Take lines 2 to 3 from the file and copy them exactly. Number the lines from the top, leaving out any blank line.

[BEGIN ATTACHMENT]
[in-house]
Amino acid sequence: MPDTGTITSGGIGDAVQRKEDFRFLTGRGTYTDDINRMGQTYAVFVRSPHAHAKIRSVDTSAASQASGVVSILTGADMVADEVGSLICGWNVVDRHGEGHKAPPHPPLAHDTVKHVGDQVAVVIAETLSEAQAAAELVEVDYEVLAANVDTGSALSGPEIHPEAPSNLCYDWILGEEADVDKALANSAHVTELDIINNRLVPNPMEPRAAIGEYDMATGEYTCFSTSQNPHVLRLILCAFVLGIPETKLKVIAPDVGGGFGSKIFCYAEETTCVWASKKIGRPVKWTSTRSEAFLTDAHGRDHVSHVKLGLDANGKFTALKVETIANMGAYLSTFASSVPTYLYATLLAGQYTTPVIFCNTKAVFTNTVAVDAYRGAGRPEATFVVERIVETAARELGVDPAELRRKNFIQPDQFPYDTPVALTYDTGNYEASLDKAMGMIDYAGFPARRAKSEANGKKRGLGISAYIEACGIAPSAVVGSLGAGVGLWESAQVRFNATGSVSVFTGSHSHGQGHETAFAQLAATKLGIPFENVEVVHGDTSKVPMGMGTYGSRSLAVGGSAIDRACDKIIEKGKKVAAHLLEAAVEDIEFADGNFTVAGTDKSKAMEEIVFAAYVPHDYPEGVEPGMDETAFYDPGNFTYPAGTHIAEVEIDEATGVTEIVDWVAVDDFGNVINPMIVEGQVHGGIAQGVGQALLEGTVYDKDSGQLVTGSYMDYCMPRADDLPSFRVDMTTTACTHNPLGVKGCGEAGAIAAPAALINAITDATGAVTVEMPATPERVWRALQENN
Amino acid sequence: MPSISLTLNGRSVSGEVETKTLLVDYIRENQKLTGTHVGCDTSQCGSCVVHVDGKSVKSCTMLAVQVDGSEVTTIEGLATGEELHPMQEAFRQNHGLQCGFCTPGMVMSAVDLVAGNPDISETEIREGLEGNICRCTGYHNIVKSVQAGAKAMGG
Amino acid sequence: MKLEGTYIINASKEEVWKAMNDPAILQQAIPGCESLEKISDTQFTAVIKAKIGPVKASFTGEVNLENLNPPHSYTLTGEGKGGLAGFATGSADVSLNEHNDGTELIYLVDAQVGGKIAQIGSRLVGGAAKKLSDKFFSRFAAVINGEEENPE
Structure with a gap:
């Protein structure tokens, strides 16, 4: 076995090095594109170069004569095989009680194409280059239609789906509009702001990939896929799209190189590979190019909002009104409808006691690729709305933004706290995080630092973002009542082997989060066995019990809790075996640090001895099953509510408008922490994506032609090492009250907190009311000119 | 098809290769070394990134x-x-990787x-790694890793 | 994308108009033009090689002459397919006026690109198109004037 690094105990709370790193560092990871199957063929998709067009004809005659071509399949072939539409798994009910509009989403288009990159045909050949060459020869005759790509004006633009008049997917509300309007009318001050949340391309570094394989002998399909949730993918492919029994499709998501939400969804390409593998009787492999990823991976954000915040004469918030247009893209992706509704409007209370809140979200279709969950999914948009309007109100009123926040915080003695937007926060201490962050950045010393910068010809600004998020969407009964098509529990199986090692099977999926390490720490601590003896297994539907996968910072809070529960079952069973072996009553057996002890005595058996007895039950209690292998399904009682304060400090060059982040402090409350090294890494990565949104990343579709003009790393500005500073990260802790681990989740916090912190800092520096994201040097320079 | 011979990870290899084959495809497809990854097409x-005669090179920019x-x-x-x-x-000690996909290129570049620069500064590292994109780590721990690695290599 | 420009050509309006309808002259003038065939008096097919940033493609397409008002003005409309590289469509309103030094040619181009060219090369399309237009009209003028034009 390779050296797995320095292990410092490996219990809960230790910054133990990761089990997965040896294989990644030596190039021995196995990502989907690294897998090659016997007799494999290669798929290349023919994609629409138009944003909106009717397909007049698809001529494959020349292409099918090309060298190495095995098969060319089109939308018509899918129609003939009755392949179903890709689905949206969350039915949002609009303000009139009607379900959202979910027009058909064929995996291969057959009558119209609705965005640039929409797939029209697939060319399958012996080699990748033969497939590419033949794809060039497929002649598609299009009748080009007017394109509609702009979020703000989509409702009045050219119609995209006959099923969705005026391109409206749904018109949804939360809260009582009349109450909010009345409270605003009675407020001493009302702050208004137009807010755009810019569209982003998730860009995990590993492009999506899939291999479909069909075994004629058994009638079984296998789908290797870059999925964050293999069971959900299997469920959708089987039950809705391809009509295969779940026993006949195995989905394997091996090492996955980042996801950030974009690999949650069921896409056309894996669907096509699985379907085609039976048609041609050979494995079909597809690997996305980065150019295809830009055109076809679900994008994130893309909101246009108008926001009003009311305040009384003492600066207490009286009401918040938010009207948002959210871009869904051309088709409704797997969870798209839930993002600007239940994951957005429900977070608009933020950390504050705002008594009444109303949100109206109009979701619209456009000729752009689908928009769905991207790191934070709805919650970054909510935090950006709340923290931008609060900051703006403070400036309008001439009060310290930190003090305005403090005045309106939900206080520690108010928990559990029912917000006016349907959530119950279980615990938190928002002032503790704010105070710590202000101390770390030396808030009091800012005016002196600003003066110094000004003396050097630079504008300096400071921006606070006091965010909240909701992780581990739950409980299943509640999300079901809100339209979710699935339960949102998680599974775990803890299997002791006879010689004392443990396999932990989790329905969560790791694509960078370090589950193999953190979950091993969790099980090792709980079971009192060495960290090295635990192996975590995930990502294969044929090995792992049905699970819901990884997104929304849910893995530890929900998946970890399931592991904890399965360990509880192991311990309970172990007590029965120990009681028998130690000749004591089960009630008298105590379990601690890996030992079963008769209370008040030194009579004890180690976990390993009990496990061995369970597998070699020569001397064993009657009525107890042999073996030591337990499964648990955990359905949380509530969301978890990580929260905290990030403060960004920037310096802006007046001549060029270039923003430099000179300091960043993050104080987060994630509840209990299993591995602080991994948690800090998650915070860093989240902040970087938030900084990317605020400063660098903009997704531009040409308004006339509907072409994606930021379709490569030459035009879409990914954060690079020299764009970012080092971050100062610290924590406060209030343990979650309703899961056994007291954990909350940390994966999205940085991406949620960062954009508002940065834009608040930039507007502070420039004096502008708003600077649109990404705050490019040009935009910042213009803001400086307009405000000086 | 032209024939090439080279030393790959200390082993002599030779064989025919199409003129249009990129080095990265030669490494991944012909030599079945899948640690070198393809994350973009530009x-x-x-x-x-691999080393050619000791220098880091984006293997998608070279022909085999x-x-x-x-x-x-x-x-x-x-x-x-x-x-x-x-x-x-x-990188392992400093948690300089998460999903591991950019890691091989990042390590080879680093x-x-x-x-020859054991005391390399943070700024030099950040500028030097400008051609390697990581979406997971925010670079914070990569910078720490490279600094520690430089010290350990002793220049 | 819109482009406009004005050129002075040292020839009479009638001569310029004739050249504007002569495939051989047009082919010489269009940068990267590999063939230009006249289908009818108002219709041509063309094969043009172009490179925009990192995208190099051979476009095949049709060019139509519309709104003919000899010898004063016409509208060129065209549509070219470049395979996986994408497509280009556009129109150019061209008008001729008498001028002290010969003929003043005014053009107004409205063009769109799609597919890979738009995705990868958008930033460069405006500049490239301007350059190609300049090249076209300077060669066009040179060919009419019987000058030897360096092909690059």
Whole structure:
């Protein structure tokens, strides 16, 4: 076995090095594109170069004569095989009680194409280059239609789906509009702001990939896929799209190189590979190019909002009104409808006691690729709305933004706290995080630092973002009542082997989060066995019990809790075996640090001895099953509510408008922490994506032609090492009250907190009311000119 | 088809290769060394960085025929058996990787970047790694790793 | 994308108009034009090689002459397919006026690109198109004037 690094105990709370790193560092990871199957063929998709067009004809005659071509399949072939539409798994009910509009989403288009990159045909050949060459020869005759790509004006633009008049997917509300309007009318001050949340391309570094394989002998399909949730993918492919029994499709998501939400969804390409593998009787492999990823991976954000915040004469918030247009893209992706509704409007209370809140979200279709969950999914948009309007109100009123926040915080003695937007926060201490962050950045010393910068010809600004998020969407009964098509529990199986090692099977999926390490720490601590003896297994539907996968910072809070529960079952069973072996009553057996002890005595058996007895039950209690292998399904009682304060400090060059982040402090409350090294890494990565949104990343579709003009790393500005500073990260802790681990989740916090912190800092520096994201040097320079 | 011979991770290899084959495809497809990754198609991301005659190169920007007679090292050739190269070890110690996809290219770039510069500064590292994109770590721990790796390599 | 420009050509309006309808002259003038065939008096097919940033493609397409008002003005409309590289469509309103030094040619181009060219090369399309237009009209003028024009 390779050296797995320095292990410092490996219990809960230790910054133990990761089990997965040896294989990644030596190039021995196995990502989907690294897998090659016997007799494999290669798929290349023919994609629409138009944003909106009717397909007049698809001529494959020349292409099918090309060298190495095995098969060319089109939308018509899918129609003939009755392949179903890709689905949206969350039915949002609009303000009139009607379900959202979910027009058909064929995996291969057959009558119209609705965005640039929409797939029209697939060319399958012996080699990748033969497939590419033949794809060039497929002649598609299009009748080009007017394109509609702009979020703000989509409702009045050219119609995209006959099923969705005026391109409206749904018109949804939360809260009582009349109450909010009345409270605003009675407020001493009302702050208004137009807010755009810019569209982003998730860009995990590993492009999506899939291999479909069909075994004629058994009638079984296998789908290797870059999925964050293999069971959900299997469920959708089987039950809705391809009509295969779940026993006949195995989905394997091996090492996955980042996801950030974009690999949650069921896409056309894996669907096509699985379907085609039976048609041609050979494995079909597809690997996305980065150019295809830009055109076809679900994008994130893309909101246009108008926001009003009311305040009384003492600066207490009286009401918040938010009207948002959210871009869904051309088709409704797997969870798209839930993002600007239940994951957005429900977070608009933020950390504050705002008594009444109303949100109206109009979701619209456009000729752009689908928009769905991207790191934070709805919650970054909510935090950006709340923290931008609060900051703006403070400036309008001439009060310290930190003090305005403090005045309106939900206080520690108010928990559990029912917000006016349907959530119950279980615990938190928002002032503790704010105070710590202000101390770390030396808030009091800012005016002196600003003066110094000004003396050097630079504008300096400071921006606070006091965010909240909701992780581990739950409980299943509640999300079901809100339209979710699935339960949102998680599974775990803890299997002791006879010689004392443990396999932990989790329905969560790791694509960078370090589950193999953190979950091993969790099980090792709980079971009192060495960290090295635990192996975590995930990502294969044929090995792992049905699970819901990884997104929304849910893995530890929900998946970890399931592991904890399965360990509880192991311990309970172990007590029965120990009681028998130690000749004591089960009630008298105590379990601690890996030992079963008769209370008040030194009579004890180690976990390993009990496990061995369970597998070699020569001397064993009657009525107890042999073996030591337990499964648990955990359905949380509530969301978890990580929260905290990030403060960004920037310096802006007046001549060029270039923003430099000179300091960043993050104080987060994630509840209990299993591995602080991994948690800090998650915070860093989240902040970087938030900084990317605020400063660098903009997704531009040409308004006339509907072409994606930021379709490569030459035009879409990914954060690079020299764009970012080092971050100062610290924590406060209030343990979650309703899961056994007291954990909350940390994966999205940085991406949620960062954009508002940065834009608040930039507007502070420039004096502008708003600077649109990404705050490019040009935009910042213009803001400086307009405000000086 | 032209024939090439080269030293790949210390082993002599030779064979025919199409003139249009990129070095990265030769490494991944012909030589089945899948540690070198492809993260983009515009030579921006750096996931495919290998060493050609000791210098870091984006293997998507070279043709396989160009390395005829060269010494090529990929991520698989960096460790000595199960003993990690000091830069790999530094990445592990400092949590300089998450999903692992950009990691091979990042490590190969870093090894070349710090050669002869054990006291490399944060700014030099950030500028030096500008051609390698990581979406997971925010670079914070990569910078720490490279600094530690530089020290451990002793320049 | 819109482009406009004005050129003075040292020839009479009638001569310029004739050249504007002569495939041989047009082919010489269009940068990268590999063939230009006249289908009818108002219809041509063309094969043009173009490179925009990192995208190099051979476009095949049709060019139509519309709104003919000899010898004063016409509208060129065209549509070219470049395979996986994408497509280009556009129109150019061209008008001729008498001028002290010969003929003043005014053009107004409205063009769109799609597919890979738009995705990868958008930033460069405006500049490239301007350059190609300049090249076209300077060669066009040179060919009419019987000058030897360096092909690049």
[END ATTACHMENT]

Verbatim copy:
Amino acid sequence: MPDTGTITSGGIGDAVQRKEDFRFLTGRGTYTDDINRMGQTYAVFVRSPHAHAKIRSVDTSAASQASGVVSILTGADMVADEVGSLICGWNVVDRHGEGHKAPPHPPLAHDTVKHVGDQVAVVIAETLSEAQAAAELVEVDYEVLAANVDTGSALSGPEIHPEAPSNLCYDWILGEEADVDKALANSAHVTELDIINNRLVPNPMEPRAAIGEYDMATGEYTCFSTSQNPHVLRLILCAFVLGIPETKLKVIAPDVGGGFGSKIFCYAEETTCVWASKKIGRPVKWTSTRSEAFLTDAHGRDHVSHVKLGLDANGKFTALKVETIANMGAYLSTFASSVPTYLYATLLAGQYTTPVIFCNTKAVFTNTVAVDAYRGAGRPEATFVVERIVETAARELGVDPAELRRKNFIQPDQFPYDTPVALTYDTGNYEASLDKAMGMIDYAGFPARRAKSEANGKKRGLGISAYIEACGIAPSAVVGSLGAGVGLWESAQVRFNATGSVSVFTGSHSHGQGHETAFAQLAATKLGIPFENVEVVHGDTSKVPMGMGTYGSRSLAVGGSAIDRACDKIIEKGKKVAAHLLEAAVEDIEFADGNFTVAGTDKSKAMEEIVFAAYVPHDYPEGVEPGMDETAFYDPGNFTYPAGTHIAEVEIDEATGVTEIVDWVAVDDFGNVINPMIVEGQVHGGIAQGVGQALLEGTVYDKDSGQLVTGSYMDYCMPRADDLPSFRVDMTTTACTHNPLGVKGCGEAGAIAAPAALINAITDATGAVTVEMPATPERVWRALQENN
Amino acid sequence: MPSISLTLNGRSVSGEVETKTLLVDYIRENQKLTGTHVGCDTSQCGSCVVHVDGKSVKSCTMLAVQVDGSEVTTIEGLATGEELHPMQEAFRQNHGLQCGFCTPGMVMSAVDLVAGNPDISETEIREGLEGNICRCTGYHNIVKSVQAGAKAMGG